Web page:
"If this evil was of no great extent, than merely debasing those who are in practice of it, I should not feel much concern. But when I consider it a foreruner of other monarchical vices, and holding an improper example in this country, and an example of precedent, I cannot but execrate the measure."

Washington was a favorite target of the National Gazette.
But the publication wasn't anomalous. It was a reaction to the Gazette of the United States, which was published by John Fenno and supported by John Adam's fellow Federalist Alexander Hamilton. The paper was born, in the words of Fenno himself, "for the purpose of demonstrating favorable sentiments of the federal constitution and its administration." But as often as not, it made attacking the opposition a higher goal.
And Thomas Jefferson was the primary target.
As Eric Burns recorded in Infamous Scribblers (my main source for all this information): "In a 1796 issue of the Gazette, under the pen name Phocion, Hamilton expressed his alarm at the 'pretensions of Thomas Jefferson to the Presidency.' Jefferson was in that category of men who are 'most dangerous,' against whom the populace must be constantly 'on our guard.' Hamilton suggested that Jefferson was a 'demagogue,' that he wore the 'garb of patriotism,' but only as a disguise; that he spoke the 'language of liberty,' but only to deceive others about his real intentions."
It is worth noting that Adams himself wrote for the Gazette of the United States at least once.

So you see, Adams and Jefferson were both familiar with the press at its most hateful. An irresponsible, “snarky” press did nothing to weaken either of the men's convictions that the press should be unrestrained.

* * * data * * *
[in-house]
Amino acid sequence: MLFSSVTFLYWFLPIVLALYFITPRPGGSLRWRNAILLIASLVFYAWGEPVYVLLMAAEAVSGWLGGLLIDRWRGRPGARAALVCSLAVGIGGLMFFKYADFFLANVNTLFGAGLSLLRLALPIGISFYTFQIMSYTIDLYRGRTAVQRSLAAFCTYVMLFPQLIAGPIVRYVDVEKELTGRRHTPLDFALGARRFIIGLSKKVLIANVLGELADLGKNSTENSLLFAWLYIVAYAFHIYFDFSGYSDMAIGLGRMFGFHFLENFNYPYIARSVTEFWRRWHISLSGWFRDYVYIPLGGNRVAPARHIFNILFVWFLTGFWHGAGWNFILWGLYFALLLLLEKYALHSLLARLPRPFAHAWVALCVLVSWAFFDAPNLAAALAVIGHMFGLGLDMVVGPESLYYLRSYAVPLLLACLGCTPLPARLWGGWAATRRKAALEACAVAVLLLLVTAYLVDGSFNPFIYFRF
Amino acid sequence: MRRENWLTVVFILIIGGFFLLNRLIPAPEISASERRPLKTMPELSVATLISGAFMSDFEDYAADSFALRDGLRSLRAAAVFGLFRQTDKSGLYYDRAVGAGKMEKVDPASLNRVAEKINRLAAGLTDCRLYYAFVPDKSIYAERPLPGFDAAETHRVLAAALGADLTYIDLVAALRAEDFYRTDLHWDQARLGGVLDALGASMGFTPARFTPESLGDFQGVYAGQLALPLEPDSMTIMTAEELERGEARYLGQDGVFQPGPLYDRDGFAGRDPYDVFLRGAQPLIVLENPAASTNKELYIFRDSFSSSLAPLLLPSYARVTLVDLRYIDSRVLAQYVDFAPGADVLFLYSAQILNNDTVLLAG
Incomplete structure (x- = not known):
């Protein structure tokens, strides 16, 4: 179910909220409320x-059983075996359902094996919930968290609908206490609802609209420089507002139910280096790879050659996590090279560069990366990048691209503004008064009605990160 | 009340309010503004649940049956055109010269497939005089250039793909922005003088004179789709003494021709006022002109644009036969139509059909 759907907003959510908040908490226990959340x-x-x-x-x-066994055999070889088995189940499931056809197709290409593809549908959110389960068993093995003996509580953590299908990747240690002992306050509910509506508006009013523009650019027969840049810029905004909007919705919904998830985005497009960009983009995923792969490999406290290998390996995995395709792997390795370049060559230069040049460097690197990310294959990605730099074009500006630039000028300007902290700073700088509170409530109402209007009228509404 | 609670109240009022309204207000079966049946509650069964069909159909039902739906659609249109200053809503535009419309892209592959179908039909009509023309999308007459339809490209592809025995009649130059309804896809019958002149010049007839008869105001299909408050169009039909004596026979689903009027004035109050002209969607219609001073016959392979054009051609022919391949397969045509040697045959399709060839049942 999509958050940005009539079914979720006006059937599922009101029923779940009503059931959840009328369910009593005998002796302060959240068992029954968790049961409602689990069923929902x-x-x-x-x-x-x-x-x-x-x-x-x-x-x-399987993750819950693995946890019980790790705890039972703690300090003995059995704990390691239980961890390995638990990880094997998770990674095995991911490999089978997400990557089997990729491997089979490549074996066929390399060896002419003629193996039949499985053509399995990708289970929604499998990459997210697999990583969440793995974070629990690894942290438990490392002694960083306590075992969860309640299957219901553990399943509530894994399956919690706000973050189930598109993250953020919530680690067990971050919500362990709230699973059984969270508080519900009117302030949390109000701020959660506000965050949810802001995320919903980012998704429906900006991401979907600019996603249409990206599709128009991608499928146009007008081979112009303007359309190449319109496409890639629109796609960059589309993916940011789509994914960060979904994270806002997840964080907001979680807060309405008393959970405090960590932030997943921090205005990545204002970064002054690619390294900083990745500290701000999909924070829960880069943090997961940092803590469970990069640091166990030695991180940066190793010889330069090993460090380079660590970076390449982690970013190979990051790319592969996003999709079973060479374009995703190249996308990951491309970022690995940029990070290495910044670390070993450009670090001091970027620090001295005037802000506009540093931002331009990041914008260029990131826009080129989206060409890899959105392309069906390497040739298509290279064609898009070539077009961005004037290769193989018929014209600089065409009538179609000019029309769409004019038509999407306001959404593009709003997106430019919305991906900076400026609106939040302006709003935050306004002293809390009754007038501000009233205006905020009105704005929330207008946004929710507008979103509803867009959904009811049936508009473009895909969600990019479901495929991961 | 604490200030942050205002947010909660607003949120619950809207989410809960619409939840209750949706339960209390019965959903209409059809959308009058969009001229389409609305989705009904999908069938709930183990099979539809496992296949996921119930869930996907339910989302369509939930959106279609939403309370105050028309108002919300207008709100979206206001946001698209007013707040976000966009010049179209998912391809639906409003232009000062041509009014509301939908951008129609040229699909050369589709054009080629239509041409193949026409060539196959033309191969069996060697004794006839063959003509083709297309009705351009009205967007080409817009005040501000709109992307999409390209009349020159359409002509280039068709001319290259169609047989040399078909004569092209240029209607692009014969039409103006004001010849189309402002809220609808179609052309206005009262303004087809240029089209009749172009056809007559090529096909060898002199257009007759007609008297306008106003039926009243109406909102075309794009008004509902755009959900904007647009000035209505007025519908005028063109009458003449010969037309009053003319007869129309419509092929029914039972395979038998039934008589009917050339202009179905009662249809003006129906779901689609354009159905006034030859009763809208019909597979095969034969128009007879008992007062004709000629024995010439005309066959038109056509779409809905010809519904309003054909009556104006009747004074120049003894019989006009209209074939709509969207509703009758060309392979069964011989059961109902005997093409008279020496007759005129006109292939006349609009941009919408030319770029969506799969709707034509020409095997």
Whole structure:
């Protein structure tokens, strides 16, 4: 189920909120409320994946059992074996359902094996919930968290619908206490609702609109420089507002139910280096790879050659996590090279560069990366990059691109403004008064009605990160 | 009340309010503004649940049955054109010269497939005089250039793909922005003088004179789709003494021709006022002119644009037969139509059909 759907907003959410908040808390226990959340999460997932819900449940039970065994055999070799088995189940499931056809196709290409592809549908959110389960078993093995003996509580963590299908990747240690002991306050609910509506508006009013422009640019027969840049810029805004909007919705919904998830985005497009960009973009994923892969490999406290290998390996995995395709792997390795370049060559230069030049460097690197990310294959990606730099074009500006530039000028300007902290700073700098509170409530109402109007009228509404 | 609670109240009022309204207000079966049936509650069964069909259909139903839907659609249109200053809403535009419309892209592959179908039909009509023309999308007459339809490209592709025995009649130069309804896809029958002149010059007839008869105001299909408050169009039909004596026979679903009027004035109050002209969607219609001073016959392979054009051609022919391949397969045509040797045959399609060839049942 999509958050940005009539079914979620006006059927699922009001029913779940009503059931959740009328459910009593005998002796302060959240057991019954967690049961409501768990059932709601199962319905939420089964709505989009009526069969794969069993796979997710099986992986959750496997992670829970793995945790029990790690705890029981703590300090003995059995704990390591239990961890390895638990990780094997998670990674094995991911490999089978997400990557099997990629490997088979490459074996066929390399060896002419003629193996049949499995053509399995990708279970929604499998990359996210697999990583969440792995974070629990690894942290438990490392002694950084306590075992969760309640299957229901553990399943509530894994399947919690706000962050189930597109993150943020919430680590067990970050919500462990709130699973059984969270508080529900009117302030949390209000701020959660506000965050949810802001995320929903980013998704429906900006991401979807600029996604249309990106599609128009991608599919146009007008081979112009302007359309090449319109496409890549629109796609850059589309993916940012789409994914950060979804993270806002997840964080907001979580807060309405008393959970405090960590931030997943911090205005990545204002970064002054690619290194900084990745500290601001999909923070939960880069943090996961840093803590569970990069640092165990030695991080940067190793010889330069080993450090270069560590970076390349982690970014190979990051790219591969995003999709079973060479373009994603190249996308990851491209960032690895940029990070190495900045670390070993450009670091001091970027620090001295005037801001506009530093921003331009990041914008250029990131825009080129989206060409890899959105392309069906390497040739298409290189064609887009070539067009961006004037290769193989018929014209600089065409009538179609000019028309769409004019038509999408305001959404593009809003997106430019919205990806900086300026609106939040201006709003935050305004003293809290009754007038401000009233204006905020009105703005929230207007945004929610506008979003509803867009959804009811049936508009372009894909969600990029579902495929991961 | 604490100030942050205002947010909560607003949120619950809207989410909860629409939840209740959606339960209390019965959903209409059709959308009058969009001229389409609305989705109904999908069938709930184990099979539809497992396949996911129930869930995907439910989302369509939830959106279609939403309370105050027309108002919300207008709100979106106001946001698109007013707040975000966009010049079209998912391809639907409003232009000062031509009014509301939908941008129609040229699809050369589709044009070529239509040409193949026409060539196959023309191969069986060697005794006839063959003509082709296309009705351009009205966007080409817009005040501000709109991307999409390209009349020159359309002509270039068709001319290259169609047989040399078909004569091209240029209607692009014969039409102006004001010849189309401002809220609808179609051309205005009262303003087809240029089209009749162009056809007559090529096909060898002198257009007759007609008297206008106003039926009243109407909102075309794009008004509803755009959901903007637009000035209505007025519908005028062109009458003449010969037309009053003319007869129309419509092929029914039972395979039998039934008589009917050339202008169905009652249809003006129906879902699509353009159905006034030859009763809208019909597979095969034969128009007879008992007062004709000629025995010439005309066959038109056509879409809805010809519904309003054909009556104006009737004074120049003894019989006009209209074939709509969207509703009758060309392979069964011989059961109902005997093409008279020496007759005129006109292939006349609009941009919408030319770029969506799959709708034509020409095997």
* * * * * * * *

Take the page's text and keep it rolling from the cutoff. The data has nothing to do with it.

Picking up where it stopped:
It took a lot more than that.
In 1798 Adams signed the Alien and Sedition Acts. The Sedition Act made "false, scandalous, and malicious writing" illegal. Ostensibly, the acts were to protect the nation and prevent internal strife from weakening it in a time of crisis.
Jefferson wouldn't stand for that. Along with James Madison, he drafted the Kentucky and Virginia Resolutions that passed in both states' legislatures. The resolutions were a direct response to the Alien and Sedition Acts and stated that the Constitution was a "compact" — an agreement between the states. Therefore, the states held the right to deem an act of Congress unconstitutional.
The resolutions failed in every other state in which they were introduced but they stand as proof of Jefferson's unwavering dedication to freedom of the press and states' rights as a whole.
I can comfortably say that John Adams would have tolerated freedom of the press in spite of blogs.
Without any qualifications at all, I can say Jefferson would have fought for freedom of the press despite what it has wrought. When he controlled it, the press was as mean-spirited and "snarky" as it is today.


Burns, Eric. Infamous Scribblers: The Founding Fathers and the Rowdy Beginnings of American Journalism. New York: PublicAffairs, 2006.